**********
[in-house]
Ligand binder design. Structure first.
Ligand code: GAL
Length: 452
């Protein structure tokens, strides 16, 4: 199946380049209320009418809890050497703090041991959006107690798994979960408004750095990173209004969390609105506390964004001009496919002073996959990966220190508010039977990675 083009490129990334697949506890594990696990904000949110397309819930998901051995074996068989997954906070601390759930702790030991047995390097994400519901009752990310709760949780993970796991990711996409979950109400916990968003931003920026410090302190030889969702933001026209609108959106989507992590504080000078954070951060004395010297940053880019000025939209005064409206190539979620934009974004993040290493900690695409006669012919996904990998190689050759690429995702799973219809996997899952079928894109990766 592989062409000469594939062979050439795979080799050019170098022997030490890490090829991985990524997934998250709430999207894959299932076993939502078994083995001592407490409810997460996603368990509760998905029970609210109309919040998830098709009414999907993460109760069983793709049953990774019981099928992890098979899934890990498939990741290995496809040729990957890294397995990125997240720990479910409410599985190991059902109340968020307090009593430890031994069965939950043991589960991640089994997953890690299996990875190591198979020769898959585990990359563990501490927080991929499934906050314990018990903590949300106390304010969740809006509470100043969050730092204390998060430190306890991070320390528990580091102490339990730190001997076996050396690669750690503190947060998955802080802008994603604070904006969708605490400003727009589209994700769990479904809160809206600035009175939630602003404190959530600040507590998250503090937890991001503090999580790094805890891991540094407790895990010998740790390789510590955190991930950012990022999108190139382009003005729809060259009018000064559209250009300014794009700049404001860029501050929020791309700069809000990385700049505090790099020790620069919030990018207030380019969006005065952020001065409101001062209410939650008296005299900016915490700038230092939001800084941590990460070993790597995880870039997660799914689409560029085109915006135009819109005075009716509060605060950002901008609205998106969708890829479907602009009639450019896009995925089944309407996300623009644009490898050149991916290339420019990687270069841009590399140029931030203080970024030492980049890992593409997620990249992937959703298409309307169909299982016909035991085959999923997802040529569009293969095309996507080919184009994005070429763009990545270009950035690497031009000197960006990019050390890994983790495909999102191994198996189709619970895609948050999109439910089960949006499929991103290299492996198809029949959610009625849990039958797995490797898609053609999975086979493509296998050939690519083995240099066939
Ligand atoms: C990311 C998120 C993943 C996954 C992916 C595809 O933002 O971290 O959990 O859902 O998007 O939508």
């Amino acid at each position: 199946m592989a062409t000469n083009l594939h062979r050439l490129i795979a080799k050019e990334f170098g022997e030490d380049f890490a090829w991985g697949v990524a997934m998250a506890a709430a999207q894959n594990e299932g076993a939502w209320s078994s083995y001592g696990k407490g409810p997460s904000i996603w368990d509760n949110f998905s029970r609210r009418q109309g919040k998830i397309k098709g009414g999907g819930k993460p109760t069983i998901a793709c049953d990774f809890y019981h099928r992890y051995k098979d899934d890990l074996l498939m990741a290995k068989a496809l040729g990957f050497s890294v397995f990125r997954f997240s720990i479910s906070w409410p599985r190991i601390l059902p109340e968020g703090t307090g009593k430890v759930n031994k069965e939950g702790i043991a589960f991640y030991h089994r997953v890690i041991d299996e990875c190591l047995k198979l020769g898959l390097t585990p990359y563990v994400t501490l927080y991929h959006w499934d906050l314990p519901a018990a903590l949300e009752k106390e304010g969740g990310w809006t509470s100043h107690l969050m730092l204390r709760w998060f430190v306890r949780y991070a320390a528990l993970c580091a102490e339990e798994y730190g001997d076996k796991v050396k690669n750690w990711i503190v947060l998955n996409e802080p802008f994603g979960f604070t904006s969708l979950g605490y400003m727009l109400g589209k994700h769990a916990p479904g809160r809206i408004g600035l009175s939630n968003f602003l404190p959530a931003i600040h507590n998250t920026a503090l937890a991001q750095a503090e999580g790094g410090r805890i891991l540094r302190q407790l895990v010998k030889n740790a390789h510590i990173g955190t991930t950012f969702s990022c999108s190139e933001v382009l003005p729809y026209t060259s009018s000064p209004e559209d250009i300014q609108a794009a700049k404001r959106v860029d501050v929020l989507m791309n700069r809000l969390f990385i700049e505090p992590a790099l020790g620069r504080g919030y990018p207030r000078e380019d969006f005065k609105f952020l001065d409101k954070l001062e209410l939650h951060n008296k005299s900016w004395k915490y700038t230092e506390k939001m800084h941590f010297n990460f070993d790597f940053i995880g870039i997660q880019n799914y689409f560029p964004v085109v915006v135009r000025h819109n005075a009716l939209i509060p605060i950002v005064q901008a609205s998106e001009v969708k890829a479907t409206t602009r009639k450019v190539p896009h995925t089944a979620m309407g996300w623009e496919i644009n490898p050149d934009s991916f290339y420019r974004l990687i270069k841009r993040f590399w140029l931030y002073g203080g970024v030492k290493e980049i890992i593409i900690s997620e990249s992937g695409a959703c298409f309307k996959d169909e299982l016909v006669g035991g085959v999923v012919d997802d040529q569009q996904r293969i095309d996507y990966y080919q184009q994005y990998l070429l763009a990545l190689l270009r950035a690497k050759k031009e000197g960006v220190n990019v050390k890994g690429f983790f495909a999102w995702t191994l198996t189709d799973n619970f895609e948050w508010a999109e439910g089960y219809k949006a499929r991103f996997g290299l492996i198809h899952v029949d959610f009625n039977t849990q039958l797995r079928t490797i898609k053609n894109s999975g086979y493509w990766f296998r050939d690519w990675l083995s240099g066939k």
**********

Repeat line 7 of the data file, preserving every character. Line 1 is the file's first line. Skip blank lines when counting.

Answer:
């Amino acid at each position: 199946m592989a062409t000469n083009l594939h062979r050439l490129i795979a080799k050019e990334f170098g022997e030490d380049f890490a090829w991985g697949v990524a997934m998250a506890a709430a999207q894959n594990e299932g076993a939502w209320s078994s083995y001592g696990k407490g409810p997460s904000i996603w368990d509760n949110f998905s029970r609210r009418q109309g919040k998830i397309k098709g009414g999907g819930k993460p109760t069983i998901a793709c049953d990774f809890y019981h099928r992890y051995k098979d899934d890990l074996l498939m990741a290995k068989a496809l040729g990957f050497s890294v397995f990125r997954f997240s720990i479910s906070w409410p599985r190991i601390l059902p109340e968020g703090t307090g009593k430890v759930n031994k069965e939950g702790i043991a589960f991640y030991h089994r997953v890690i041991d299996e990875c190591l047995k198979l020769g898959l390097t585990p990359y563990v994400t501490l927080y991929h959006w499934d906050l314990p519901a018990a903590l949300e009752k106390e304010g969740g990310w809006t509470s100043h107690l969050m730092l204390r709760w998060f430190v306890r949780y991070a320390a528990l993970c580091a102490e339990e798994y730190g001997d076996k796991v050396k690669n750690w990711i503190v947060l998955n996409e802080p802008f994603g979960f604070t904006s969708l979950g605490y400003m727009l109400g589209k994700h769990a916990p479904g809160r809206i408004g600035l009175s939630n968003f602003l404190p959530a931003i600040h507590n998250t920026a503090l937890a991001q750095a503090e999580g790094g410090r805890i891991l540094r302190q407790l895990v010998k030889n740790a390789h510590i990173g955190t991930t950012f969702s990022c999108s190139e933001v382009l003005p729809y026209t060259s009018s000064p209004e559209d250009i300014q609108a794009a700049k404001r959106v860029d501050v929020l989507m791309n700069r809000l969390f990385i700049e505090p992590a790099l020790g620069r504080g919030y990018p207030r000078e380019d969006f005065k609105f952020l001065d409101k954070l001062e209410l939650h951060n008296k005299s900016w004395k915490y700038t230092e506390k939001m800084h941590f010297n990460f070993d790597f940053i995880g870039i997660q880019n799914y689409f560029p964004v085109v915006v135009r000025h819109n005075a009716l939209i509060p605060i950002v005064q901008a609205s998106e001009v969708k890829a479907t409206t602009r009639k450019v190539p896009h995925t089944a979620m309407g996300w623009e496919i644009n490898p050149d934009s991916f290339y420019r974004l990687i270069k841009r993040f590399w140029l931030y002073g203080g970024v030492k290493e980049i890992i593409i900690s997620e990249s992937g695409a959703c298409f309307k996959d169909e299982l016909v006669g035991g085959v999923v012919d997802d040529q569009q996904r293969i095309d996507y990966y080919q184009q994005y990998l070429l763009a990545l190689l270009r950035a690497k050759k031009e000197g960006v220190n990019v050390k890994g690429f983790f495909a999102w995702t191994l198996t189709d799973n619970f895609e948050w508010a999109e439910g089960y219809k949006a499929r991103f996997g290299l492996i198809h899952v029949d959610f009625n039977t849990q039958l797995r079928t490797i898609k053609n894109s999975g086979y493509w990766f296998r050939d690519w990675l083995s240099g066939k």